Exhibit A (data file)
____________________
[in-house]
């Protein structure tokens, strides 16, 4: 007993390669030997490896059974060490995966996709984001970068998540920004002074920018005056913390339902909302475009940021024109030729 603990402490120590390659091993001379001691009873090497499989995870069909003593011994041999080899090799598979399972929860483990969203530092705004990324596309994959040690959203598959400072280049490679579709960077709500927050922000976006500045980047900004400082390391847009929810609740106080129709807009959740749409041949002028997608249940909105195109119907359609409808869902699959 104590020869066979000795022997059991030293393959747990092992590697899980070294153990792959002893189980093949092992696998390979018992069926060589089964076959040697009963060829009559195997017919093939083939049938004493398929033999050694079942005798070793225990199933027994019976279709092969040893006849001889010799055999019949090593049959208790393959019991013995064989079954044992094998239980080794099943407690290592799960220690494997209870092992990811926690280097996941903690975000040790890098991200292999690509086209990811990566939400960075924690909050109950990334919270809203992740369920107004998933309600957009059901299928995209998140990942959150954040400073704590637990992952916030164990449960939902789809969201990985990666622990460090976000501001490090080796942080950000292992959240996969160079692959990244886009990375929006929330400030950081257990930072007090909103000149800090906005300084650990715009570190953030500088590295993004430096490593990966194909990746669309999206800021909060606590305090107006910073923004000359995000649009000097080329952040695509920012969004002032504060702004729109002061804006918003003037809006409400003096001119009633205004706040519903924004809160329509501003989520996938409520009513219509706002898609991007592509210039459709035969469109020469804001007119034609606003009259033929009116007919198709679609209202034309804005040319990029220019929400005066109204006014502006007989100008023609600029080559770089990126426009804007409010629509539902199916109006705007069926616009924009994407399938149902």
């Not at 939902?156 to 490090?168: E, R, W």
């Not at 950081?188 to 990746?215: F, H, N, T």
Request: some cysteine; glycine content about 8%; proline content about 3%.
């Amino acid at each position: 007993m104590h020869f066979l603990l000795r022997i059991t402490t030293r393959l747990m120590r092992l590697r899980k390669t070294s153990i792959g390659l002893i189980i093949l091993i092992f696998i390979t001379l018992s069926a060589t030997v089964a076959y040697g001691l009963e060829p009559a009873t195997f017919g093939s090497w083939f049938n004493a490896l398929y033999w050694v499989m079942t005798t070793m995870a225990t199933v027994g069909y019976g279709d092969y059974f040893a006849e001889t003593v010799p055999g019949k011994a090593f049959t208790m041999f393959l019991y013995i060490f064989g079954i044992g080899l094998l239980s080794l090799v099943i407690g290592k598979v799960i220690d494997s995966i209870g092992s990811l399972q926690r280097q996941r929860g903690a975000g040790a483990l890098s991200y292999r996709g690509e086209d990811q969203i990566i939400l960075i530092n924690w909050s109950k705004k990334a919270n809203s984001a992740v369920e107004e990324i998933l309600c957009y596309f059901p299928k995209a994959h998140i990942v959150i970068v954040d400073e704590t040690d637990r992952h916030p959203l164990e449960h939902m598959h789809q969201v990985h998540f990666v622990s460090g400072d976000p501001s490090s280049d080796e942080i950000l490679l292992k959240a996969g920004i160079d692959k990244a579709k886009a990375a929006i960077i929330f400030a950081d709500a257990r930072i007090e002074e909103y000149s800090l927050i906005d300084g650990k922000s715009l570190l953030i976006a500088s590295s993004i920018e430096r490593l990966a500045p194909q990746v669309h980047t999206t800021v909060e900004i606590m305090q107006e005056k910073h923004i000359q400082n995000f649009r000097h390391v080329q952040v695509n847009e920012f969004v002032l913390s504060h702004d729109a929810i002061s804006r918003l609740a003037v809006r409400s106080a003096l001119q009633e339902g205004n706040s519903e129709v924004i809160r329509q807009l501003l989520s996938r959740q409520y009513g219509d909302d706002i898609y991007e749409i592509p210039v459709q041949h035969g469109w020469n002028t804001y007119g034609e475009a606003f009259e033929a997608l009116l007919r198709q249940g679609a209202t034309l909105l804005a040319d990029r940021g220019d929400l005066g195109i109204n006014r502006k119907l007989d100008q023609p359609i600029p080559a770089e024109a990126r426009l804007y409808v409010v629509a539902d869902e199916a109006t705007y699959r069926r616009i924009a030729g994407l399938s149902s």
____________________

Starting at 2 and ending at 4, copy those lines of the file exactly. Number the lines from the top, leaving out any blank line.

């Protein structure tokens, strides 16, 4: 007993390669030997490896059974060490995966996709984001970068998540920004002074920018005056913390339902909302475009940021024109030729 603990402490120590390659091993001379001691009873090497499989995870069909003593011994041999080899090799598979399972929860483990969203530092705004990324596309994959040690959203598959400072280049490679579709960077709500927050922000976006500045980047900004400082390391847009929810609740106080129709807009959740749409041949002028997608249940909105195109119907359609409808869902699959 104590020869066979000795022997059991030293393959747990092992590697899980070294153990792959002893189980093949092992696998390979018992069926060589089964076959040697009963060829009559195997017919093939083939049938004493398929033999050694079942005798070793225990199933027994019976279709092969040893006849001889010799055999019949090593049959208790393959019991013995064989079954044992094998239980080794099943407690290592799960220690494997209870092992990811926690280097996941903690975000040790890098991200292999690509086209990811990566939400960075924690909050109950990334919270809203992740369920107004998933309600957009059901299928995209998140990942959150954040400073704590637990992952916030164990449960939902789809969201990985990666622990460090976000501001490090080796942080950000292992959240996969160079692959990244886009990375929006929330400030950081257990930072007090909103000149800090906005300084650990715009570190953030500088590295993004430096490593990966194909990746669309999206800021909060606590305090107006910073923004000359995000649009000097080329952040695509920012969004002032504060702004729109002061804006918003003037809006409400003096001119009633205004706040519903924004809160329509501003989520996938409520009513219509706002898609991007592509210039459709035969469109020469804001007119034609606003009259033929009116007919198709679609209202034309804005040319990029220019929400005066109204006014502006007989100008023609600029080559770089990126426009804007409010629509539902199916109006705007069926616009924009994407399938149902």
């Not at 939902?156 to 490090?168: E, R, W």
């Not at 950081?188 to 990746?215: F, H, N, T």